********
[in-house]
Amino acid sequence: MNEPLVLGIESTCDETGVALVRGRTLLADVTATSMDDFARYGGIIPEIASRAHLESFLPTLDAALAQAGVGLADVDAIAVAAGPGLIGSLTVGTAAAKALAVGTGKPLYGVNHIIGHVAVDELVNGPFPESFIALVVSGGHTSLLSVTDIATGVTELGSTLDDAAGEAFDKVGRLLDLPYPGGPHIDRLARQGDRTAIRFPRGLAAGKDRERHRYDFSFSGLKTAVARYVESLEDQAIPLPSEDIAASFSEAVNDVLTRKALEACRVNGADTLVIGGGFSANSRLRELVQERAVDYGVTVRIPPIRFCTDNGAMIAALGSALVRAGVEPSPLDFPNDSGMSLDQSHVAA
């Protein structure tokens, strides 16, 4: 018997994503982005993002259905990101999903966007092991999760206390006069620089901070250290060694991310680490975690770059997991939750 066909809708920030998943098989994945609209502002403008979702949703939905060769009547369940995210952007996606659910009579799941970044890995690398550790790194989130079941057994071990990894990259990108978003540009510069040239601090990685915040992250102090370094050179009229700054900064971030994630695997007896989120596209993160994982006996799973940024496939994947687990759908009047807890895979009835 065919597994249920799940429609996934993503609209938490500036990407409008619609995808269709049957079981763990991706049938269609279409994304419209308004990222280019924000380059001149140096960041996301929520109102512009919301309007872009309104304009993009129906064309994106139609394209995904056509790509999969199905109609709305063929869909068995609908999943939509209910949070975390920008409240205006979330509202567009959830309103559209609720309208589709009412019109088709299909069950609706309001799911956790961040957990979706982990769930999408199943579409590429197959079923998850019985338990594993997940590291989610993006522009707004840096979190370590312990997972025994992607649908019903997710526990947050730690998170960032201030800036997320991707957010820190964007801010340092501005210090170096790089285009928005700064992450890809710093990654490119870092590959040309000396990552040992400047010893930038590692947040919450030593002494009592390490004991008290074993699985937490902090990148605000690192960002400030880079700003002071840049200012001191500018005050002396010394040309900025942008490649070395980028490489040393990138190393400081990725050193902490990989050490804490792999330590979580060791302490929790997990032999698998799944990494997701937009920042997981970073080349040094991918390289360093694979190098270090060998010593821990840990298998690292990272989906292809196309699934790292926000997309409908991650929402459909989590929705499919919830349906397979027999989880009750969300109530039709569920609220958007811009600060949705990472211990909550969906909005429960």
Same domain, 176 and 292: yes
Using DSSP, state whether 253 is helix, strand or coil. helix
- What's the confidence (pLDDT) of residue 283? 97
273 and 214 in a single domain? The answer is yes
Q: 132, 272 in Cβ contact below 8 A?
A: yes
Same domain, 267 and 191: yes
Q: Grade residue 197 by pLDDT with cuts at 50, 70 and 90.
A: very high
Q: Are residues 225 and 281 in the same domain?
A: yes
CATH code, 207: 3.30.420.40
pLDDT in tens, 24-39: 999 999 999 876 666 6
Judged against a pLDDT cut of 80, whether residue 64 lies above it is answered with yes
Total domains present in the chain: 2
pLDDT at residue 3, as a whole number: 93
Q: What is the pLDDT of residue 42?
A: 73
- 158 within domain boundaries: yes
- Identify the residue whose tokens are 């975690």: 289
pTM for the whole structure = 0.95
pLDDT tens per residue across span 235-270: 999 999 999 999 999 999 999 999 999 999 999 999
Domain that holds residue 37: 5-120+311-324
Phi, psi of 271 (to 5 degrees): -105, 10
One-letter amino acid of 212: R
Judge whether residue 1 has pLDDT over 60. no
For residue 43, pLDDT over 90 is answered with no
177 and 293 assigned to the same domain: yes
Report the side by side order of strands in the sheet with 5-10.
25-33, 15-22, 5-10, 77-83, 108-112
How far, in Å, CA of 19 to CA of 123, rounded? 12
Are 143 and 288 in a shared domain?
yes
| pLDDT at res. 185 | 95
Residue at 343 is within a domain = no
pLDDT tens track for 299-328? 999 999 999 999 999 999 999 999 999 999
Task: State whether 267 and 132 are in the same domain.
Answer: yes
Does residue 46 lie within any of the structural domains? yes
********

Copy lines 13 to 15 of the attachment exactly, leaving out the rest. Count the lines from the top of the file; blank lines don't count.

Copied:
Q: Are residues 225 and 281 in the same domain?
A: yes
CATH code, 207: 3.30.420.40